By Art McQuuenJuly 19, 2007
HEIDELBERG, Germany - There is a killer lurking among us. Every 10 days, it takes as many American lives as the events of 9/11 and the global war on terrorism combined.
The fight against this killer has involved billions of dollars and millions of research man-hours. It began long before the Cold War, and the battle continues today.
Heidelberg residents will have an opportunity later this summer to remember those who have been lost and to celebrate those who have survived.
The event is Answer the C.A.L.L. (Cancer Awareness Laps for Life) and it starts the evening of Sept. 14 at the high-school track in nearby Patrick Henry Village. It will allow everyone, especially those who have shared this fight, to get together for education and support.
MaryPat Begin-Ortiz, U.S. Army Garrison Heidelberg, chief of plans and integration, certainly plans on participating.
She first battled cancer 15 years ago. The Pittsburgh native is known best for her striking turquoise eyes, which seem to flash as she recalls dealing with the disease.
"I was devastated; I had high hopes and plans for the future. It's frightening because you don't know what is going to happen ... you deny it, you are angry, and it is intimidating when you have no medical background."
Glance around Begin-Ortiz' office and you'll quickly notice it reflects her life priorities.
Her Army Civilian Service award is positioned low and behind a monitor, while photos of her children, five grandchildren and eight step-grandchildren are placed at eye level for visitors to see and admire.
"When you are diagnosed with cancer, it's not just you, it's a family situation," she said. "My son and daughter were teenagers at the time; they were terrified."
"Cancer affects the whole family, you aren't just a man or a woman, you are a son or a daughter or a spouse, a supervisor or a co-worker ... your circle of influence goes pretty wide, and everyone needs some sort of care, support and hope," Begin-Ortiz said.
Continuing to live a regular life while getting well is a message she repeatedly emphasizes.
"It takes so much focus. No matter what the treatment plan is, you don't want to drop any of your professional or personal commitments, and it weighs a lot on your head and your heart."
As she reflects, there's another flash of turquoise.
"There are moments where you are angry," she breathes, "where you say 'why didn't someone else get it''"
"You have to find some way of channeling your anger into your treatment plan, into your need to be well in as many ways as you can ... to tell yourself 'this is not going to stop me, not going to slow me down, not going to keep me from all the goals and the things I want to do.'"
Begin-Ortiz recovered after her surgery and several months of treatment.
"I had great medical care and great support from the chaplain," she said, adding that support groups and knowledge are critical tools.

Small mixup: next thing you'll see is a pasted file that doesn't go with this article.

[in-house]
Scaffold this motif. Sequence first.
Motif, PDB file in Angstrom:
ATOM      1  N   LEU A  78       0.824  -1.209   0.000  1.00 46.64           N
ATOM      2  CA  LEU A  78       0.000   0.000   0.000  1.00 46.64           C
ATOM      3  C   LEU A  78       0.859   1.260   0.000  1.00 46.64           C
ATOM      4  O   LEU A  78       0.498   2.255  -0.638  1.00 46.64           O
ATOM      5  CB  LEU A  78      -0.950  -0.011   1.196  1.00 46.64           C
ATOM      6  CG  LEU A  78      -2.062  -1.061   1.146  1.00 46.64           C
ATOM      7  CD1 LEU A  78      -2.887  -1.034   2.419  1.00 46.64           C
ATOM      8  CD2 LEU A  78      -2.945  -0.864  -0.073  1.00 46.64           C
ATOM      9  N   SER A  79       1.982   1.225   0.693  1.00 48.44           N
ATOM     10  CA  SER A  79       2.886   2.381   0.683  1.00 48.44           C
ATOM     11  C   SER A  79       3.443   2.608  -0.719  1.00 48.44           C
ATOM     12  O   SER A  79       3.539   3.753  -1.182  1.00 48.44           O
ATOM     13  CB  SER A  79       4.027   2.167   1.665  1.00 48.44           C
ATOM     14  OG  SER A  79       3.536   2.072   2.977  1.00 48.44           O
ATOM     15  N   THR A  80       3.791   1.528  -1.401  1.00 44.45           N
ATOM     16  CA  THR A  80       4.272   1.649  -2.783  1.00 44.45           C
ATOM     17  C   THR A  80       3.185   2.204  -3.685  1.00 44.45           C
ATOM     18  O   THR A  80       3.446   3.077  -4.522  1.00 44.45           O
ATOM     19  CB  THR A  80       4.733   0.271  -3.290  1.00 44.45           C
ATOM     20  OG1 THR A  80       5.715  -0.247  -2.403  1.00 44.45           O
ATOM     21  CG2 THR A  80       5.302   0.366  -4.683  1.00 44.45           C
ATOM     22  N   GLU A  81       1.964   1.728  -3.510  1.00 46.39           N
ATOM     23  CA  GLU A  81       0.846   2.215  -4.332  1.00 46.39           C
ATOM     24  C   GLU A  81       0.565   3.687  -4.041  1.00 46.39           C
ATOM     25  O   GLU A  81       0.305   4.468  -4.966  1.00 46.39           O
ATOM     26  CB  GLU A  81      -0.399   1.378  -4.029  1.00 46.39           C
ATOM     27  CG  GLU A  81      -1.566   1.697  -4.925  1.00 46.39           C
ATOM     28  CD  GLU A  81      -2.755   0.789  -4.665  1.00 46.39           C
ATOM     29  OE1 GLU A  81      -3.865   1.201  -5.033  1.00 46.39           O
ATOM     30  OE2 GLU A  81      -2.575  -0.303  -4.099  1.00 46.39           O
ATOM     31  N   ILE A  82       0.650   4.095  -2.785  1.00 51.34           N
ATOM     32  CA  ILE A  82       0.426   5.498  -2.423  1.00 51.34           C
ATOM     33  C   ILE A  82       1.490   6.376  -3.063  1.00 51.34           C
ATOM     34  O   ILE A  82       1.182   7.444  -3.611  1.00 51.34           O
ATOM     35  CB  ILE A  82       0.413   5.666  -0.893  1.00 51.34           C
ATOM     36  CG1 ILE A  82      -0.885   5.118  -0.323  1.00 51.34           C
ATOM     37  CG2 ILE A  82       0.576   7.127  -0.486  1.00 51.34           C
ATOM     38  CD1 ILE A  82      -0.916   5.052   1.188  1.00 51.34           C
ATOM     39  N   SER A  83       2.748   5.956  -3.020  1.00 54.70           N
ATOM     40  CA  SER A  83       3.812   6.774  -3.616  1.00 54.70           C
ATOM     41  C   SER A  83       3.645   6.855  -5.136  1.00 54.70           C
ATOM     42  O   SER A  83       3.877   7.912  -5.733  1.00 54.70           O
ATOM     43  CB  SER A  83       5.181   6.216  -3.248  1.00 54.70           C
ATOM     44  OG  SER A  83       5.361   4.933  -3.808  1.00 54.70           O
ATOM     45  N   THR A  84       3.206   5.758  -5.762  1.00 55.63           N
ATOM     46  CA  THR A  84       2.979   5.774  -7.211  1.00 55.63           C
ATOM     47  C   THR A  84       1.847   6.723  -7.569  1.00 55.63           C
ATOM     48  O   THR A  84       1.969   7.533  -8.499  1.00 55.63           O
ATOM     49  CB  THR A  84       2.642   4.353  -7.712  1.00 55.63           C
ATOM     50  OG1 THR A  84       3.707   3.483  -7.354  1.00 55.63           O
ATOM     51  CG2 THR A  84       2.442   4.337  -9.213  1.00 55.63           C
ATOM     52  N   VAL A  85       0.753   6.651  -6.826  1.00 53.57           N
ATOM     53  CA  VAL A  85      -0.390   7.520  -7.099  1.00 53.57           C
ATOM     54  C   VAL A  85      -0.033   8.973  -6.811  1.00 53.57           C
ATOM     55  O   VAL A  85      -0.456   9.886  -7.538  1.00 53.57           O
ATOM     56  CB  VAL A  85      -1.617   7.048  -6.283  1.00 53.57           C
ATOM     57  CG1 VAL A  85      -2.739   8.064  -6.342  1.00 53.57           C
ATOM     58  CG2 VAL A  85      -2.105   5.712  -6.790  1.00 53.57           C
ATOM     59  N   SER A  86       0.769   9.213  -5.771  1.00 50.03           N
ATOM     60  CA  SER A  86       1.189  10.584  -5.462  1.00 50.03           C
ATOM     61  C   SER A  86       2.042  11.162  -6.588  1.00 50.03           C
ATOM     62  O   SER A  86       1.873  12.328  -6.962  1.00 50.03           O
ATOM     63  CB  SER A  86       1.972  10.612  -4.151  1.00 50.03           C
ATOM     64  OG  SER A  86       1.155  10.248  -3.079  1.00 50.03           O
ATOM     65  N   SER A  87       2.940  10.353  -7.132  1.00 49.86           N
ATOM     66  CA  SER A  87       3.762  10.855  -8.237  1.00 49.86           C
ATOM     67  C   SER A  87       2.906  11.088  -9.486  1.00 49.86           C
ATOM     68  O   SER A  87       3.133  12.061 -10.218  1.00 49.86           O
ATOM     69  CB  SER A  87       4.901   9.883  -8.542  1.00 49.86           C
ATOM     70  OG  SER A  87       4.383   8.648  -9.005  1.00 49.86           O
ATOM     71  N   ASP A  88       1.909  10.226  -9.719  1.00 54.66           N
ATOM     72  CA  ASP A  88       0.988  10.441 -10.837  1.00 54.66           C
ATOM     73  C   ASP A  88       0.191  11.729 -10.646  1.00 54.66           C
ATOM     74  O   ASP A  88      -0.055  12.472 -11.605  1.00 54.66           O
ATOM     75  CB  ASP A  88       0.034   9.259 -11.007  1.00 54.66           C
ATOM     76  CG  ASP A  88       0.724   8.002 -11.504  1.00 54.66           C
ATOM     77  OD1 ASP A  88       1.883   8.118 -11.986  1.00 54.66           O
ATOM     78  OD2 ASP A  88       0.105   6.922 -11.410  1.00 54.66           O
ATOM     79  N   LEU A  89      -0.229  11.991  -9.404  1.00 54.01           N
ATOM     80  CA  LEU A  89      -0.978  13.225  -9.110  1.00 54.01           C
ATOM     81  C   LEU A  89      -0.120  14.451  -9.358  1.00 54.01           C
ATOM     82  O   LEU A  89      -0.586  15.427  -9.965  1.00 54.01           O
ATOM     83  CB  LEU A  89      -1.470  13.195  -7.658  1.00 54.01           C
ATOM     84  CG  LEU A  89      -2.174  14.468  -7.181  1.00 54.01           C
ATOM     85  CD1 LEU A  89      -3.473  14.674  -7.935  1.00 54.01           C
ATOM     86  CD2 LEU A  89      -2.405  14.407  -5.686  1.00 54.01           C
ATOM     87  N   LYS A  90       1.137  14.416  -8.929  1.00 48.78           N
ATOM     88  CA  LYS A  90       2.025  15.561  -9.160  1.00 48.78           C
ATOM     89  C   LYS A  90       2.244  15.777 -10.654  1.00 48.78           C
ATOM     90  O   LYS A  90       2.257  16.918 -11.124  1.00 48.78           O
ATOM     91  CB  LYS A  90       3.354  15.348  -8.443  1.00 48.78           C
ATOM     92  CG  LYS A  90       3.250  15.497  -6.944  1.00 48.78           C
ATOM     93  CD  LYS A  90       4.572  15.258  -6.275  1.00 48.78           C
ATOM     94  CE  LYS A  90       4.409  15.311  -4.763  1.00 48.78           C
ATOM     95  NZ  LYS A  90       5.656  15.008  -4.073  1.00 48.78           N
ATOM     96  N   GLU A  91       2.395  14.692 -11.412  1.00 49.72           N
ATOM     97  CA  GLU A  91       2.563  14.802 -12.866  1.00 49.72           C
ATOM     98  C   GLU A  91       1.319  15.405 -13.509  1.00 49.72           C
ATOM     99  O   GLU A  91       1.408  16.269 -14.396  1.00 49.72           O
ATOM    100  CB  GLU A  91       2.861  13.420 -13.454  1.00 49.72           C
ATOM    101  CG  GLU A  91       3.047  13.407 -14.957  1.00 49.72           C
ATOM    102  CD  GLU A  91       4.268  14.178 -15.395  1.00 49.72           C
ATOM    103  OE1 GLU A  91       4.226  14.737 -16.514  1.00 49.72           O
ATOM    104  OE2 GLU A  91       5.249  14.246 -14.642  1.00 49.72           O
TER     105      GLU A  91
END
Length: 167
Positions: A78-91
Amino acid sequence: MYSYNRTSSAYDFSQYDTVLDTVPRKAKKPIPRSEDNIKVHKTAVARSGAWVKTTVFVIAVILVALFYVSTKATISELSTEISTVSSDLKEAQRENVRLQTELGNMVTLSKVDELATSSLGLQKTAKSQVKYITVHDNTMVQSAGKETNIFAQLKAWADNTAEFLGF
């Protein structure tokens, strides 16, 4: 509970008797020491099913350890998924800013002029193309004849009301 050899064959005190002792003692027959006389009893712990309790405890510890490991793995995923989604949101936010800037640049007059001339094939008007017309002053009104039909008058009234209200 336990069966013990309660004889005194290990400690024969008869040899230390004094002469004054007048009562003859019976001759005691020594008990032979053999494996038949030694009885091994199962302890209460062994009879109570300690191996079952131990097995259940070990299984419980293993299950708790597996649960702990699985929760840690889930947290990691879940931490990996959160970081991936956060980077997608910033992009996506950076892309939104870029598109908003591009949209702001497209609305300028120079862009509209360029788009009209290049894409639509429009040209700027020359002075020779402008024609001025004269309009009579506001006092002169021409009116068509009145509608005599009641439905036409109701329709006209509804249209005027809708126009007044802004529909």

"Just talking to someone who understands what you are feeling and what your fears are helps," she said. "It is drastically important to have good information. Nowadays, you can sit right at your computer at home and find support groups and information without going to an intimidating library."
She credits her knowledge with a change in lifestyle: losing weight; eating healthy; realizing each day is precious. This prepared Begin-Ortiz for her next - and ongoing - test.
Begin-Ortiz is fighting the killer again. Six months after re-marrying, she was diagnosed for the second time in 2005.
The blue-green pools are more liquid now, but her voice is still strong.
"This time was a little rougher," she said. "I had just been married, and here I was starting life over in middle age with all these same bright hopes.
"I cried, and my husband said to me, 'I seem to remember something in our vows about 'in sickness and in health.'" Her half-laugh drips irony. "I said: I just didn't expect it so soon."
Her particular cancer has a high-survival rate according to the American Cancer Society, but her cousin died of breast cancer at age 39, and the knowledge rattled her before steeling her resolve.
"You still have to be able to laugh, to live, and to love. You can't let any one of those slip down," she said, her voice hardening. "I won't give in. I have a life to live and I'm not going to let it hold me back."
"I have control over my lifestyle," she continued, "I don't have control over cancer. I don't know what this week brings, but I can face whatever it is, feeling healthier."
Answer the C.A.L.L. is open to everyone, and is designed to let people show support and to learn about resources available to fight cancer. Teams of walkers and runners will complete laps, keeping one member on the track throughout the night, from 6 p.m. to 6:30 a.m.
"No matter where you are on the journey (of treating cancer)" Begin-Ortiz said, "the idea is to keep on moving. We want this event to focus on the survivors, to focus on the hope."
Begin-Ortiz understands that cancer remains an uncomfortable thing for some people to discuss, and hopes Answer the C.A.L.L. can change that.
"Getting this out into the open, teaching people about the tests they need to be doing (to detect cancer early) without making a big negative. These are the goals," she said.
And as for the significance of the evening start, Begin-Ortiz says: "Cancer never sleeps."
For more information about participating in Answer the C.A.L.L. in Heidelberg, contact the team captain liaison, Capt. Rhonda Centuolo at DSN 371-2399/2846, civilian 06221-17-2399/2846, or e-mail: email@example.com.
Volunteers can contact Marrisa Zuniga, volunteer pool coordinator, at DSN 370-1770/6883, civilian 06221-57-1770/6883, or e-mail: firstname.lastname@example.org.
(Editor's note: More than 500,000 Americans die of cancer every year. For more information on prevention and treatments, visit the American Cancer Society Web site: www.cancer.org